The white flour blini is the more popular version these days, and preferable for sweet combinations, like butter and jam, nutella, berries or whatever your heart desires.
This recipe is from: A Year of Russian Feasts by Catherine Cheremeteff Jones.
1 teaspoons active dry yeast
1 cup whole milk
1/2 cup water
3 tablespoons sugar
1/2 teaspoon salt
5 tablespoons unsalted butter, melted and still warm
1 large egg
1 1/3 cups plus 1 tablespoon all-purpose flour
1 teaspoon canola oil, for cooking the pancakes
Place the yeast in a medium-sized bowl.
Combine 1/2 cup of the milk and the water and heat to about 100 degrees F.
Add the milk mixture, sugar and salt to the yeast and gently whack until yeast has completely dissolved.
Add the butter, egg and flour. Whisk until smooth.
Scrape down the sides of the bowl, cover with plastic wrap, and let the batter rise in a warm place for 1 hour.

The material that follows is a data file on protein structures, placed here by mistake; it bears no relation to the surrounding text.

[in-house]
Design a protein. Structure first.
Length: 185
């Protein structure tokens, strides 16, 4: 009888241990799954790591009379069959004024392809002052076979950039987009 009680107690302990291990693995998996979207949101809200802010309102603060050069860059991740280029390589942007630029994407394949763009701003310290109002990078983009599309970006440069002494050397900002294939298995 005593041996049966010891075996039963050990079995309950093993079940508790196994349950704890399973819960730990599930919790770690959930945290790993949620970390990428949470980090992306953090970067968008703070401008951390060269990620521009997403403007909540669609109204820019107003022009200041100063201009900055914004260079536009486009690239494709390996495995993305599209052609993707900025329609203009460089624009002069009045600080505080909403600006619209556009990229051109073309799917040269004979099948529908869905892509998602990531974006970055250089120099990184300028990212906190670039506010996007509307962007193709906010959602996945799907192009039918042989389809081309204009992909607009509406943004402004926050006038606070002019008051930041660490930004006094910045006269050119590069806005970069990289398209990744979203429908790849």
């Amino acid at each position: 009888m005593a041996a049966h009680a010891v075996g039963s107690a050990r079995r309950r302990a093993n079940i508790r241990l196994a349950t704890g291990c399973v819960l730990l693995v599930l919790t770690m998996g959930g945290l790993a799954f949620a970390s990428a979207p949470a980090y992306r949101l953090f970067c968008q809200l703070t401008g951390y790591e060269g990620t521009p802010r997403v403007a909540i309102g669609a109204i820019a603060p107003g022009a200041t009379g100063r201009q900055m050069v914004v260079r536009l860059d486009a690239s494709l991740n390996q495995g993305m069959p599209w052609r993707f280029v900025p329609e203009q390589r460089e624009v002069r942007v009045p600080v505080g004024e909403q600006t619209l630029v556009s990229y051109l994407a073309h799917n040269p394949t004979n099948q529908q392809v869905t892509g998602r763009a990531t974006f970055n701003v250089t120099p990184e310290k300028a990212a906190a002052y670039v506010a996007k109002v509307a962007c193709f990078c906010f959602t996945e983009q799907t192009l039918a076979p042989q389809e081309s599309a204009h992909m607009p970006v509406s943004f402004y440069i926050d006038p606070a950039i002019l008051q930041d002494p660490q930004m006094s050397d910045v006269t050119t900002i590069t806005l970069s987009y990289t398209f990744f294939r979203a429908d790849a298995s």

Stir down the batter, re-cover with plastic wrap, and set aside in a warm place to rise for 30 minutes.
Heat the remaining 1/2 cup milk to lukewarm and stir it into the batter.
To cook the blini, heat the canola oil in a large well-season or non-stick skillet over medium-high heat until hot.
Add about 1/3 cup of the batter and immediately swell the batter to form a thin pancake. Cook the pancake until the surface is firm and the underside is golden brown, about 45 seconds. Turn and continue to cook until the bottom is golden, about 30 seconds. Serve the blin immediately. Or if you are serving them after all the blini are cooked, stack them, cover loosely with foil and place them in a very low oven until ready to serve.
Serve with small bowls of various fillings for people to help themselves at the table.